By the following summer I was heading off to sleep-away camp with my new best friend, Rhonda Shoemaker, and we were going to be in the same bunk, and we were going to make enough lanyards that we could sell them to our friends when we got back home, and we were both going to be rich.

The night before I left for camp my mother was still packing my duffle bag. A small pile of shorts and T-shirts leaned precariously on my bed, next to my bathing suit, towels, flashlight, and three cans of insect repellent. 

Also, six pairs of Carter's white cotton underpants, and my brand new white cotton training bra. 

My mother held the bra up in the air like a flag. "Listen to me," she said, in a tone of voice I always listened to because it meant she was about to impart words of true wisdom. "I want you to promise, that for the rest of your life, you will only wear plain white 100% cotton bras. Never black. Never lace."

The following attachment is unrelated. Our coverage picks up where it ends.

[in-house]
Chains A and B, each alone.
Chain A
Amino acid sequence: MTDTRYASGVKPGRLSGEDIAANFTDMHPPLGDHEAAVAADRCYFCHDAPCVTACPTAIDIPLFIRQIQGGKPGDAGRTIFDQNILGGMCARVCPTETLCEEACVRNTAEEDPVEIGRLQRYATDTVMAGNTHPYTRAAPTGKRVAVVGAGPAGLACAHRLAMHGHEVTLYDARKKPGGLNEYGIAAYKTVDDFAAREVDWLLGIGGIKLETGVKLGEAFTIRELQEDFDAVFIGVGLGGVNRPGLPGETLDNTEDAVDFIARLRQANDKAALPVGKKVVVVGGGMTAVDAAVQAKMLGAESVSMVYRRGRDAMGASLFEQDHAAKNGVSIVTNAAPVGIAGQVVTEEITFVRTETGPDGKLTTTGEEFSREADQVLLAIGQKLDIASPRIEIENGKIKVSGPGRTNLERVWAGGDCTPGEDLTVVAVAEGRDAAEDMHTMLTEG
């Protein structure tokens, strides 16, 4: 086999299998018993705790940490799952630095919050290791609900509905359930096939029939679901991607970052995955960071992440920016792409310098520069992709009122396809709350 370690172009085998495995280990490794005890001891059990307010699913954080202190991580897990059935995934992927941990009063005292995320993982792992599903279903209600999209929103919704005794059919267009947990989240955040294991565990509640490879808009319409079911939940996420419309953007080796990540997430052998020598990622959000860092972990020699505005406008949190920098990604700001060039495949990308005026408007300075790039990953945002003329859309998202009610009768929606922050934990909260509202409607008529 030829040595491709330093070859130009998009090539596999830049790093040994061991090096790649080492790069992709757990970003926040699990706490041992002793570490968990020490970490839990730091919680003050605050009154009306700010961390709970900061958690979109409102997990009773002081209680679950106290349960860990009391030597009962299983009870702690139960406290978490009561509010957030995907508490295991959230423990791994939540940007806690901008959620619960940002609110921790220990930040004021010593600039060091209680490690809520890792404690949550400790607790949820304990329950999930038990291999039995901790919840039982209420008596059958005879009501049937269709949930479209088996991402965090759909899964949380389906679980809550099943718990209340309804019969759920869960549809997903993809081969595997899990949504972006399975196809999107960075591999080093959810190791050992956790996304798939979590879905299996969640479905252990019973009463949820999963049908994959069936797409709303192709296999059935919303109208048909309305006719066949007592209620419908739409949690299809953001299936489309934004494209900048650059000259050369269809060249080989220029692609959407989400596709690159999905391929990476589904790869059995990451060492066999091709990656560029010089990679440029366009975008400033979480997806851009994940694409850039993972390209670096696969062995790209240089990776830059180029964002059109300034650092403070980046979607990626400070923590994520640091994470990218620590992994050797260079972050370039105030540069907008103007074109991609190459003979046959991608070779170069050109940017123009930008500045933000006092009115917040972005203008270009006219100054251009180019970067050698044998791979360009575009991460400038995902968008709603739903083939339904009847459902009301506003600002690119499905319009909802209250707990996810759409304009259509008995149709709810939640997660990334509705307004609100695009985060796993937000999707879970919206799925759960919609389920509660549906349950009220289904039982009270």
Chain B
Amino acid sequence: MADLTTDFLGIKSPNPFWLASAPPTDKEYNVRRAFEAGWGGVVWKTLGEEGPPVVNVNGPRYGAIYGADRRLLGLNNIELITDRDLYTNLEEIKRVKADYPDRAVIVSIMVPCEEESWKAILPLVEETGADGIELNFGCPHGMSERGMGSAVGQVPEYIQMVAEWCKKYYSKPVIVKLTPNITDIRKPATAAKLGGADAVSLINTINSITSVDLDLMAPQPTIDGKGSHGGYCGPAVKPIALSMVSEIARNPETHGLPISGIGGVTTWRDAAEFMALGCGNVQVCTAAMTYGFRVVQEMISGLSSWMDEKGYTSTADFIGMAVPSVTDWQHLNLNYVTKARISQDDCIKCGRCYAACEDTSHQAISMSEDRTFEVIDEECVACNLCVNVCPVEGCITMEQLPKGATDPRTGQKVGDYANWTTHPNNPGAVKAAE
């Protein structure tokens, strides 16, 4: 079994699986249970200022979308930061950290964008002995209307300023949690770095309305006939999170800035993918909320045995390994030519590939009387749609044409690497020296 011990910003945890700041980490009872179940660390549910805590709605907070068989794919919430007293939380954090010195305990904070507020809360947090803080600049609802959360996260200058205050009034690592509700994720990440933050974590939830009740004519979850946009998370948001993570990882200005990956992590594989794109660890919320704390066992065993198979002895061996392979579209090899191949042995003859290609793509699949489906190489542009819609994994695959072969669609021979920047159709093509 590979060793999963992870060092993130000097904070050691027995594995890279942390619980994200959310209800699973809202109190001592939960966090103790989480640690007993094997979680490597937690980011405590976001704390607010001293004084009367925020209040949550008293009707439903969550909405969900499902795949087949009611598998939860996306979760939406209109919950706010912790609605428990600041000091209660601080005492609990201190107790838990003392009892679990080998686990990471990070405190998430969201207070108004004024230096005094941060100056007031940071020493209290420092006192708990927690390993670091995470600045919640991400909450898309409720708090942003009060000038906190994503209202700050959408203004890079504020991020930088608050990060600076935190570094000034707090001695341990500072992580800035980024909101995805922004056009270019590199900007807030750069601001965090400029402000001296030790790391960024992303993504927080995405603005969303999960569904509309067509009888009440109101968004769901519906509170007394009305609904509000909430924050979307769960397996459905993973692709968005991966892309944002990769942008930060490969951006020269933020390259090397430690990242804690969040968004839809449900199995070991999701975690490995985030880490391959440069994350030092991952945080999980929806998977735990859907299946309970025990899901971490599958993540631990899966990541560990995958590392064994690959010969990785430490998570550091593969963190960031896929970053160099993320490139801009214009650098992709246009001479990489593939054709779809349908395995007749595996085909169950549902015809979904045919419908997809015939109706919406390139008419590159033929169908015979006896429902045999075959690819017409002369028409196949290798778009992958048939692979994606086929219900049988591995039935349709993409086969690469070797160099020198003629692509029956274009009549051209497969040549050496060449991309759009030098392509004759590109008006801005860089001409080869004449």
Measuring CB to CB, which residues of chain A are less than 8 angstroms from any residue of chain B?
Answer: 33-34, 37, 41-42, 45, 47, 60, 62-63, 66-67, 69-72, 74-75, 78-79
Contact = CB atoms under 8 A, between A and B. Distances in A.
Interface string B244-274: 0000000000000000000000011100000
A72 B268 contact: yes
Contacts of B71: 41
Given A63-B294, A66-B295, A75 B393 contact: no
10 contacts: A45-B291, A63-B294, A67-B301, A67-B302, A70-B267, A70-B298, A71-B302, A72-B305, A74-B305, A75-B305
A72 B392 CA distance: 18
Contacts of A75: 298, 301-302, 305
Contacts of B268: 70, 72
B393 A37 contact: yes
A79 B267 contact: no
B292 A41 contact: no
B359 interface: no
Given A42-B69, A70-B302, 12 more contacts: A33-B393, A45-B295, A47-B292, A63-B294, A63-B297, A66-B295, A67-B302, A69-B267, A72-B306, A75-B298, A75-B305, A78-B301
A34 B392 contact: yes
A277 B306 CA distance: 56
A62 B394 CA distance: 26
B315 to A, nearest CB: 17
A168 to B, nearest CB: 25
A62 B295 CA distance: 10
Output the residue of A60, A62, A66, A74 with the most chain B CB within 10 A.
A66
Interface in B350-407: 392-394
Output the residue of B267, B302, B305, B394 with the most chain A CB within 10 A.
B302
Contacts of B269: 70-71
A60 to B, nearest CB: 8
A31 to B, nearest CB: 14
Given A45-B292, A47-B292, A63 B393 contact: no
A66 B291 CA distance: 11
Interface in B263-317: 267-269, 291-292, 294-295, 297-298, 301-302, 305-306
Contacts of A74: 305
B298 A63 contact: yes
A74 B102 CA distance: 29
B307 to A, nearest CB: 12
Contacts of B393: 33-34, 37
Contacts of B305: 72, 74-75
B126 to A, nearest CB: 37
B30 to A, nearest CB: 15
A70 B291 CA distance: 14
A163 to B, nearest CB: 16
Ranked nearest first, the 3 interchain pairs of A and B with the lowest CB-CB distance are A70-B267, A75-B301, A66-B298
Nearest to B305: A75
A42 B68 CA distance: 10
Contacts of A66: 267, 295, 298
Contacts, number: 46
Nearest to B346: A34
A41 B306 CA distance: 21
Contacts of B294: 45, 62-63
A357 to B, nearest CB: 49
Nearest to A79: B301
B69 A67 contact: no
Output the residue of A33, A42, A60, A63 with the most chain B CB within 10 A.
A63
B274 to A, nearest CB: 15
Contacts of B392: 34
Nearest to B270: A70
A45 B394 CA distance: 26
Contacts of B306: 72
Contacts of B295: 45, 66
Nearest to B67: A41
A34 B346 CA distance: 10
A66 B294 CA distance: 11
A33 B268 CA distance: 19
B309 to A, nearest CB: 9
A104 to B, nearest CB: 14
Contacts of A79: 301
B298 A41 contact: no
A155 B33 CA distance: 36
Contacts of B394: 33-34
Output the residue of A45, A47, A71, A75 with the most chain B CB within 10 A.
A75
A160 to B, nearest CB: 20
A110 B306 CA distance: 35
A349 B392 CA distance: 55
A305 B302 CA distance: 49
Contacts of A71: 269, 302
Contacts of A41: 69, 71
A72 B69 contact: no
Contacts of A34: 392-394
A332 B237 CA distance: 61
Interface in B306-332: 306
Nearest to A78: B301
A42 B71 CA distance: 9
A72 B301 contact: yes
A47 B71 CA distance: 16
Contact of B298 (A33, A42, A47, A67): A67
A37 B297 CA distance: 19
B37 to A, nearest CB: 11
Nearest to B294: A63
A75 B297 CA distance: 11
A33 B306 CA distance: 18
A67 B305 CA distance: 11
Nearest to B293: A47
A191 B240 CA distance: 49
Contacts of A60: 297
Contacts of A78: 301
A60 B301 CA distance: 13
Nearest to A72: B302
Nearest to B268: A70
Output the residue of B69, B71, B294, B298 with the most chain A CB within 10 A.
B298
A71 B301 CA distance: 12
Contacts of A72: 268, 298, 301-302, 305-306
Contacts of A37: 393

I stuck my fingers in my ears. This was not the true wisdom I was looking for.

"Listen to what I'm telling you," my mother insisted. "Never black, and never lace. You can't be too careful. Remember Estelle Kornblum. Remember Mr. Feingold."

"Mom," I begged her, "please stop. I'm only eleven." 

But my mother wouldn't, or couldn't, stop. "There are Mr. Feingolds everywhere you go," she said, "they come in all shapes and sizes. Don't be fooled. And don't let anybody get fresh with you." 

With these comforting words she sent me off to Camp WollyWolly,  in the Catskill wilderness.

By the time Rhonda and I returned we were no longer friends, we didn't have a single lanyard to sell, and I had outgrown my
training bra. The next day my mother took me shopping.

As we headed for the Girls' Department in Alexander's Department Store I reached for my mother's hand and gave it a little squeeze.